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Photo: Amy Robinson


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The blues has its share of secrets: esoteric tunings, regional styles, rare recordings on long-gone labels like Vocalion and Cleartone. But Tad Robinson knows one of the biggest — how to write and arrange great songs, and bring them to life. Robinson’s elegant 2007 album A New Point of View is full of perfectly tailored numbers, from Tad’s own Stax-inspired “Take the Long Way Home” to Johnnie Taylor’s “Ain’t That Lovin’ You” — all buoyed by one of the finest contemporary voices in blues and soul, and by all the classic trimmings: lush horns and strings, poignant guitar playing, and Robinson’s own poised, melodic harmonica. “You have to let people know that a song is part of you,” Robinson says, “that you are giving something of yourself to them in a song. And I need to believe in every song I perform.” It’s no wonder A New Point of View continued the Chicago bandleader’s string of accolades and honors dating back to his late ’80s tenure in the Windy City blues-rock outfit Big Shoulders. Like his 2004 Severn Records debut Did You Ever Wonder?, the disc garnered a Blues Music Award nomination for “Soul Blues Album of the Year.” And it triggered Robinson’s third nomination for “Soul Male Artist of the Year.” Robinson’s been formulating his style — a timeless blend of blues and soul with flourishes of pop — all of his life. Of course, what really brings Robinson’s tunes to life is his voice. “I’ve consciously worked on developing my style of singing since I was a kid,” the 53-year-old vocalist explains. “I pulled my rock and soul influences together and started singing in the school chorus.” At the same time he got his first harmonica from an aunt. His curiosity about the instrument and its potential led him to blues. “I discovered Big Walter Horton, Sonny Boy Williamson, Junior Wells and James Cotton, and it just blew my mind to hear players like that. I started devouring every blues record with harmonica I could get my hands on. Learning the licks became my apprenticeship, and led me to the great guitarists and singers and the rest of the genre.” That path eventually led Robinson to Chicago, in the mid-’80s. “I wanted to be able to hear the great blues and soul singers in the city — Otis Clay, Junior Wells, Syl Johnson, Tyrone Davis, Denise LaSalle — and be part of that music scene. I immediately started working in the clubs. There was a lot happening in Chicago then, and for two years I led the Wednesday night house band at Rosa’s. We’d play the first set, and the second was an all-star jam where Junior Wells, Sam Lay, Bob Stroger, Louis and Dave Myers… just about everybody at one point or another… would come play.”Tad was also drafted by the members of Big Shoulders to front the band for a year, and he played jazz gigs, where he developed a friendship with Grammy-winning vocalist Kurt Elling. “Kurt was a major influence on me,” says Robinson. Robinson also began singing commercial jingles, which contributed to his improvisational skills. “You never know what’s going to be thrown at you in a session,” he says. “You have to be ready for any style of music.” But the soul-blues man’s most important meeting was with guitarist Dave Specter. He and Robinson formed a musical bond on the bandstand at Rosa’s Lounge, and when Specter signed with Delmark Records he invited Robinson to sing on his debut for the label, 1994’s Blueplicity. That led to Robinson’s own recordings with Delmark, ’94’s One To Infinity and ’98’s Last Go Round. “Signing with Severn was another important step in my evolution as an artist,” Robinson says. “At Delmark, we recorded just like we were playing in a club. We’d just set up like we were on stage and start rolling the tape. But when it’s time to make a new album at Severn I’m able to work with the musicians for about a week before we start to record, and we get to experiment with tempos and arrangements, and alter the song list. It really means that every musician is deep inside the music before we push the ‘record’ button.” That strategy along with inspired song choices and writing has paid off not only in critical acclaim for Robinson’s Severn releases, but in a larger audience and invitations to play prestigious blues festivals in the U.S. and Europe. Robinson’s just recorded all the tracks for the sequel to A New Point of View. “Basically, I’d describe the new one as more of the same — very soulful and groove oriented, and the focus is squarely on my voice,” he says. “I feel like, musically speaking, this album will help me move on to the next chapter,” he continues. “I’m in a good place creatively right now. I’ve learned to connect with my audience through a collection of songs I’ve developed that I really believe in. That’s important, because blues fans can smell a fraud a mile away. And they know what we’re doing is 100-percent real.”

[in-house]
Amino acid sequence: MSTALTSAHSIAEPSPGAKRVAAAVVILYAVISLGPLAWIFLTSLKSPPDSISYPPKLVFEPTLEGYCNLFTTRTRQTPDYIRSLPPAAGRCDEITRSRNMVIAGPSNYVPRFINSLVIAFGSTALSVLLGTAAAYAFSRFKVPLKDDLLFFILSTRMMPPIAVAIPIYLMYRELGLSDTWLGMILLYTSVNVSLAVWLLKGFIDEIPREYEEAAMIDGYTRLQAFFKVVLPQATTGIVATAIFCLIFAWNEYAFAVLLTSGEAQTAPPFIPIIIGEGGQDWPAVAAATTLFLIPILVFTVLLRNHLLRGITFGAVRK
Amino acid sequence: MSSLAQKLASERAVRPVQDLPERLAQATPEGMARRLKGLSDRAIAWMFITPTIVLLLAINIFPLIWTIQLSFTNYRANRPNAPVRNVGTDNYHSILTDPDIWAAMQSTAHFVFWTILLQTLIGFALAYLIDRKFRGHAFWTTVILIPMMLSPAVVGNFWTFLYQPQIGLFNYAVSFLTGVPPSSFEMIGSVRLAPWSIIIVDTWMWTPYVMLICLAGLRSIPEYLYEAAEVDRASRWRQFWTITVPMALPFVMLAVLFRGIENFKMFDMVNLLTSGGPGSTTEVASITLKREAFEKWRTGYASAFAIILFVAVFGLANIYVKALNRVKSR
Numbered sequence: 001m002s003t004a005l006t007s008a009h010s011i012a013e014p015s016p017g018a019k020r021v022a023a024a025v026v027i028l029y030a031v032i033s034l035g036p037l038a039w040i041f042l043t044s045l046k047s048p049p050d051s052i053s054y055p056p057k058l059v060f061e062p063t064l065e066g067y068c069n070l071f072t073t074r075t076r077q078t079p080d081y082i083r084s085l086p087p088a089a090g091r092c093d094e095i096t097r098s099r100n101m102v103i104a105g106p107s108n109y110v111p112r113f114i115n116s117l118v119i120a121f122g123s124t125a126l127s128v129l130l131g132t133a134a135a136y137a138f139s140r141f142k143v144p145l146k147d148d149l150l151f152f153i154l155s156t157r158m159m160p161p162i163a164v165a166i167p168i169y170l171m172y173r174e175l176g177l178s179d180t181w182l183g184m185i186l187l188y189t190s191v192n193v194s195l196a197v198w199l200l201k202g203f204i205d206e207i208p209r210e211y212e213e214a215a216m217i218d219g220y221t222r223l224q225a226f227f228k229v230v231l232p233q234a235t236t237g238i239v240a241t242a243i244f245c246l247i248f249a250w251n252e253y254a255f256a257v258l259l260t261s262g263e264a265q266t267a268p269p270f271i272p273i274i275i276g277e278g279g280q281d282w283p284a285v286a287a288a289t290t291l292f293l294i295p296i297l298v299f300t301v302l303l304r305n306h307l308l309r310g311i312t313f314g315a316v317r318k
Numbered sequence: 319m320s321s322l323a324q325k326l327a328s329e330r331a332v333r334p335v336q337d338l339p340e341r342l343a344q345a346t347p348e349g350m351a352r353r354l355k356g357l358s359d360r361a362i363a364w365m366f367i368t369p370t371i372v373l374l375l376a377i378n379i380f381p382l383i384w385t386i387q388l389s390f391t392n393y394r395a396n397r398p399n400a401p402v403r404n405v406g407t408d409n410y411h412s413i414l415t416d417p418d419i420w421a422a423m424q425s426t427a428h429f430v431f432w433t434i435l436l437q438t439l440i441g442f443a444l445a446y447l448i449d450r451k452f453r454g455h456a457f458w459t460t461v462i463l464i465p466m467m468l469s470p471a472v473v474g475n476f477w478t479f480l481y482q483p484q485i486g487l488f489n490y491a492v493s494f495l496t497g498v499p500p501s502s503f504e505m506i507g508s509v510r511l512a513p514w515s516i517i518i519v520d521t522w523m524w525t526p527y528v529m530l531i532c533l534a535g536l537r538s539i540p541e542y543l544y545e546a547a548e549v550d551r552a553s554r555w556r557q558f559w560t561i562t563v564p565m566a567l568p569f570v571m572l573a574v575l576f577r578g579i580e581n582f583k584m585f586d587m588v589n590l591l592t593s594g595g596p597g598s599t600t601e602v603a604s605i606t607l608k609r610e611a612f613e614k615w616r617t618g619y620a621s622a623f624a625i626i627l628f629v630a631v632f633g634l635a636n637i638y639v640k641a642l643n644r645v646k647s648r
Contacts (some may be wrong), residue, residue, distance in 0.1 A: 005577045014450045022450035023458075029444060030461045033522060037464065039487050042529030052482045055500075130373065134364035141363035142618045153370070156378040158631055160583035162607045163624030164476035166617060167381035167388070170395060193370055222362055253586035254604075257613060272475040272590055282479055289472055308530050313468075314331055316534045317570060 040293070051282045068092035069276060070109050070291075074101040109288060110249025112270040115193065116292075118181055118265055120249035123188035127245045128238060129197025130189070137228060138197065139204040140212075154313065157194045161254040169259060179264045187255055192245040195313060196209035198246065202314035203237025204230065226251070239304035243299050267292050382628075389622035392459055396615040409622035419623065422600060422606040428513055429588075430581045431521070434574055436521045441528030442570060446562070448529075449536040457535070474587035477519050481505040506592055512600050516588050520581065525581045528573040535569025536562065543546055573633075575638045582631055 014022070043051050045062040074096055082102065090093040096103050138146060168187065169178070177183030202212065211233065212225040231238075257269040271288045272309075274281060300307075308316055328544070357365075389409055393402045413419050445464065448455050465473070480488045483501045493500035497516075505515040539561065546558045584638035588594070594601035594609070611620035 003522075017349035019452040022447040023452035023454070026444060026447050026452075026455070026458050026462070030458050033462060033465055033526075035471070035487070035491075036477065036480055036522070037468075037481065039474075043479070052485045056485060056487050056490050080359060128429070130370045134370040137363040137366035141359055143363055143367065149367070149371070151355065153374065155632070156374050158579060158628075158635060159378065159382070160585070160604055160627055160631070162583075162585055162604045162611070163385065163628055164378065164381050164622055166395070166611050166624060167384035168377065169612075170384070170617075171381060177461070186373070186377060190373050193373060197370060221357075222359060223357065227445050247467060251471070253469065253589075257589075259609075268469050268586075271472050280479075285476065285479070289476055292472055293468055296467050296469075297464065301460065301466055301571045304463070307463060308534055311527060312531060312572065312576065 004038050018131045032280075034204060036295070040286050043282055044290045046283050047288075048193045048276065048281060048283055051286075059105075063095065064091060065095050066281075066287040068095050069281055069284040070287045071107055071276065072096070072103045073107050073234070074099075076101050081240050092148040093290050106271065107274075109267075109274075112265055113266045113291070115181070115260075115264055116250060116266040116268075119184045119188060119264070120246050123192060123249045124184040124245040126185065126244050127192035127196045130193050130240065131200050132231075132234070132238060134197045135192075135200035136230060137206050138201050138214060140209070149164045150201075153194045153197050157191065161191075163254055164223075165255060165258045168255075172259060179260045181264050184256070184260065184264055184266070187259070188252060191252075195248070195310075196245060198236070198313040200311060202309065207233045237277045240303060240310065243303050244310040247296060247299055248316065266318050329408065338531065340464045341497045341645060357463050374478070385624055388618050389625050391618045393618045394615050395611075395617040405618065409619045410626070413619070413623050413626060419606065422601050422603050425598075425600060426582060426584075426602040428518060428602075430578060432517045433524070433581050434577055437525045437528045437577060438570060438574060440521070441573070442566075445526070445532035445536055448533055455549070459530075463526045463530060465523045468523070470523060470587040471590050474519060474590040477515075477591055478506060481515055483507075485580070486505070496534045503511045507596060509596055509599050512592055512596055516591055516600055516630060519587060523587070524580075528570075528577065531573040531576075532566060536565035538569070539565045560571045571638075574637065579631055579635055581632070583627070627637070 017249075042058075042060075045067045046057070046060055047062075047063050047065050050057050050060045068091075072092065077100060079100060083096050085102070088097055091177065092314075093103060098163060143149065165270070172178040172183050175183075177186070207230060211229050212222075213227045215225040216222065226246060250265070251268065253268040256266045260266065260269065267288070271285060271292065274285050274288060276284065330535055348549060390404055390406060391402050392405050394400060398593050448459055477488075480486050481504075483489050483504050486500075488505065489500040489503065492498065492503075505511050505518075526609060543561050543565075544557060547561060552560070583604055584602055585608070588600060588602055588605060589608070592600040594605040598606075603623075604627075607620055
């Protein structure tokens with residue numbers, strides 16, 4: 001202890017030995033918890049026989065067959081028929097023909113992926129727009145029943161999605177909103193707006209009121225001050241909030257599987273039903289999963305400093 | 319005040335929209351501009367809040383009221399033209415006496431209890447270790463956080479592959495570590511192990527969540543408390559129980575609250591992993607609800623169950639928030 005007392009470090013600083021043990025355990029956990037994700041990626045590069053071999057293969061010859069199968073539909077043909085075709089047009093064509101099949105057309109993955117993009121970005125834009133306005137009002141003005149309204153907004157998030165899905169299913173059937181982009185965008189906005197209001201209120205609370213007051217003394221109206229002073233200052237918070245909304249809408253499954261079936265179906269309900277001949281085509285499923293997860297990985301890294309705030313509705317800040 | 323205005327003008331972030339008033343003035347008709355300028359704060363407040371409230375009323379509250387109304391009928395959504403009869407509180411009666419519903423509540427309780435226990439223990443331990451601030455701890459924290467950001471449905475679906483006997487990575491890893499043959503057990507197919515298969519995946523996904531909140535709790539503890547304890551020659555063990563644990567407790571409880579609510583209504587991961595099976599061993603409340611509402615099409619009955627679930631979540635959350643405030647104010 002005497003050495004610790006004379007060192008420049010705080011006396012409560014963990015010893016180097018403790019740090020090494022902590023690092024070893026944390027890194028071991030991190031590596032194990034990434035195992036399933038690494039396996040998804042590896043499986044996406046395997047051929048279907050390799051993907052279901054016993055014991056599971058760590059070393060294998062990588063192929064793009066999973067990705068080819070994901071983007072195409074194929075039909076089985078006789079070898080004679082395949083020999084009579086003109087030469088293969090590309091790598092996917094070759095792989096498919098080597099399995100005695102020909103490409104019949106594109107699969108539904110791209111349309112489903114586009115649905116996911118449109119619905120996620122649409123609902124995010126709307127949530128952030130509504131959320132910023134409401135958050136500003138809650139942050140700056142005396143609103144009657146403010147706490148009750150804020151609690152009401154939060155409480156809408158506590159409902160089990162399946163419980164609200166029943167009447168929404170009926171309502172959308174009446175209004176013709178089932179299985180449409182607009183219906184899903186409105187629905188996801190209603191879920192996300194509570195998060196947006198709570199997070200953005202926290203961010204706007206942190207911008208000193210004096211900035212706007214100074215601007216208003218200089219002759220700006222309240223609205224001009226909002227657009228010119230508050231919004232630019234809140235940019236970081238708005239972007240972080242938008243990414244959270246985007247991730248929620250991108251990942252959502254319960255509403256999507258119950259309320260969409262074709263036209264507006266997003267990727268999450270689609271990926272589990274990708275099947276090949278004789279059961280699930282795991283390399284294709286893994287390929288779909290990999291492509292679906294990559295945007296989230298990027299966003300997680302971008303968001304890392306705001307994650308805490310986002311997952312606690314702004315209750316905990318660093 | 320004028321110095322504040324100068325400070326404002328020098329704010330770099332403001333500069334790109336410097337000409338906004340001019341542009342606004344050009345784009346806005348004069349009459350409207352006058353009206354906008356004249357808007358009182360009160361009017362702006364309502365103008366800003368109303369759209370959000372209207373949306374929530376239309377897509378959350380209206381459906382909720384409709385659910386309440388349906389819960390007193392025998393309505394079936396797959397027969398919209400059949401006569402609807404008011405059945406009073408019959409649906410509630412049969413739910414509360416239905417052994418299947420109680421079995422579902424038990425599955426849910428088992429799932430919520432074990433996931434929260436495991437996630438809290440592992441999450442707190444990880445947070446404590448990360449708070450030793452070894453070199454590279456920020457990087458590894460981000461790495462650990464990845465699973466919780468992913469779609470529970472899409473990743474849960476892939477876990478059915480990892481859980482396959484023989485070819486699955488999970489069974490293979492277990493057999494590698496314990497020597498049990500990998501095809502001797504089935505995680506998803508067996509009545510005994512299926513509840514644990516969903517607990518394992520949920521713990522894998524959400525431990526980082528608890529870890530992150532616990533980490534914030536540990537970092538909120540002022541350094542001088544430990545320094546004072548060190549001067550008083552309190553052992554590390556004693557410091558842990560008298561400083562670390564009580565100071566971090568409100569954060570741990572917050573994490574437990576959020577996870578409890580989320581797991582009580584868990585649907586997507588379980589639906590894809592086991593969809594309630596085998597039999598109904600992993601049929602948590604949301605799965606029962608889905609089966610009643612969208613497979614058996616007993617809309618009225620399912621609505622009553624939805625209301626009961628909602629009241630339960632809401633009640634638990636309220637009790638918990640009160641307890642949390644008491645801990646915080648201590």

Ted Drozdowski